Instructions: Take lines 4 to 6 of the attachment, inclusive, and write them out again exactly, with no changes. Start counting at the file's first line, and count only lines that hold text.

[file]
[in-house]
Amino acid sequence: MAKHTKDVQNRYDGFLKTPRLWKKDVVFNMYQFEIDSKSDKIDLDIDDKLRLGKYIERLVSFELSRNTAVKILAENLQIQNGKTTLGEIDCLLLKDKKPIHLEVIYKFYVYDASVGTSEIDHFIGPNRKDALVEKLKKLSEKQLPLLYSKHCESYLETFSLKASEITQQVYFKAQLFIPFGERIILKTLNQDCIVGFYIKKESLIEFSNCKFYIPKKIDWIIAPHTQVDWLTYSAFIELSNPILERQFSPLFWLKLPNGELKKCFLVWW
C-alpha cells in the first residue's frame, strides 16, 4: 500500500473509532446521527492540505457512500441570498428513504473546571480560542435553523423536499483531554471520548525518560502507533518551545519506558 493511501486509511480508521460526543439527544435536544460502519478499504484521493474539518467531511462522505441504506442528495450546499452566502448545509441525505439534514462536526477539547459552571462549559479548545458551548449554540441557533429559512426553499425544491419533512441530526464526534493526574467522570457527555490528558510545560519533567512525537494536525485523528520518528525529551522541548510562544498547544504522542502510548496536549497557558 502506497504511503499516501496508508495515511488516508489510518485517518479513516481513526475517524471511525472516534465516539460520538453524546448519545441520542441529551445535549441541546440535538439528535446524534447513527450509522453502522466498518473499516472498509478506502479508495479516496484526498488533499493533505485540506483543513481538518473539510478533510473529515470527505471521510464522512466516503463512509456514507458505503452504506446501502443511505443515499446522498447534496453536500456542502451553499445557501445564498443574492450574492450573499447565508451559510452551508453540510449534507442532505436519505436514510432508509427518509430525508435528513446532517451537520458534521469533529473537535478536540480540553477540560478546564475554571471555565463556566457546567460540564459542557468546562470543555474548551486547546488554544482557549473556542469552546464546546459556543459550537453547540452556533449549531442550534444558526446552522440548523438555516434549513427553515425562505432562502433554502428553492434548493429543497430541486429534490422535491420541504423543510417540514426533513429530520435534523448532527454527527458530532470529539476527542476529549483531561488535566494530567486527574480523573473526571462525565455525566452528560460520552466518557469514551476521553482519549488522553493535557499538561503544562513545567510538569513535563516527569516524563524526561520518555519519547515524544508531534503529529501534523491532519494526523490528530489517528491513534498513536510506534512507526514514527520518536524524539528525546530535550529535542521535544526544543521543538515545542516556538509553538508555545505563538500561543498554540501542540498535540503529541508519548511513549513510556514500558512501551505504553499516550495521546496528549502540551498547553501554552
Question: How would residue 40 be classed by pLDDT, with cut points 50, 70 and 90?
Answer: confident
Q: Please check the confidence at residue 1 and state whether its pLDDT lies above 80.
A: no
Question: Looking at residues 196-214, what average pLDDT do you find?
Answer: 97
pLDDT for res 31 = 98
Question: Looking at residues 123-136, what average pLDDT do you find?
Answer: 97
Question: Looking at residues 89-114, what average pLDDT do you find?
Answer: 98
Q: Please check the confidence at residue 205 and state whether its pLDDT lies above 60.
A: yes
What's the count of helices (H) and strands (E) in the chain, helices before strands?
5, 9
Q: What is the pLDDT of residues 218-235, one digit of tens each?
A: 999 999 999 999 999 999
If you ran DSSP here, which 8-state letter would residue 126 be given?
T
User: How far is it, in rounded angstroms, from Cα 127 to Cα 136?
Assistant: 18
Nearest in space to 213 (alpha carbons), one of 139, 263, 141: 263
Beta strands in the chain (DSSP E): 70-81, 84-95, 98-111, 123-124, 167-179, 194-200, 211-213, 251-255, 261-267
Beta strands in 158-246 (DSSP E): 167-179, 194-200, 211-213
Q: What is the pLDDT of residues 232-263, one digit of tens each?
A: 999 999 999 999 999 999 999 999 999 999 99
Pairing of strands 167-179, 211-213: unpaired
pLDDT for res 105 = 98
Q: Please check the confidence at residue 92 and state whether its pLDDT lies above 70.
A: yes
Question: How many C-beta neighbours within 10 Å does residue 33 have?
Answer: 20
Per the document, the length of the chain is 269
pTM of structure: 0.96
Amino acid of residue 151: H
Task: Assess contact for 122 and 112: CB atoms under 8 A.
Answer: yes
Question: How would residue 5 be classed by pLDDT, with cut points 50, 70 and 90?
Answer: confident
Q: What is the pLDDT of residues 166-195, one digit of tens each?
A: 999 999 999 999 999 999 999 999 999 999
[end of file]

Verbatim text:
Question: How would residue 40 be classed by pLDDT, with cut points 50, 70 and 90?
Answer: confident
Q: Please check the confidence at residue 1 and state whether its pLDDT lies above 80.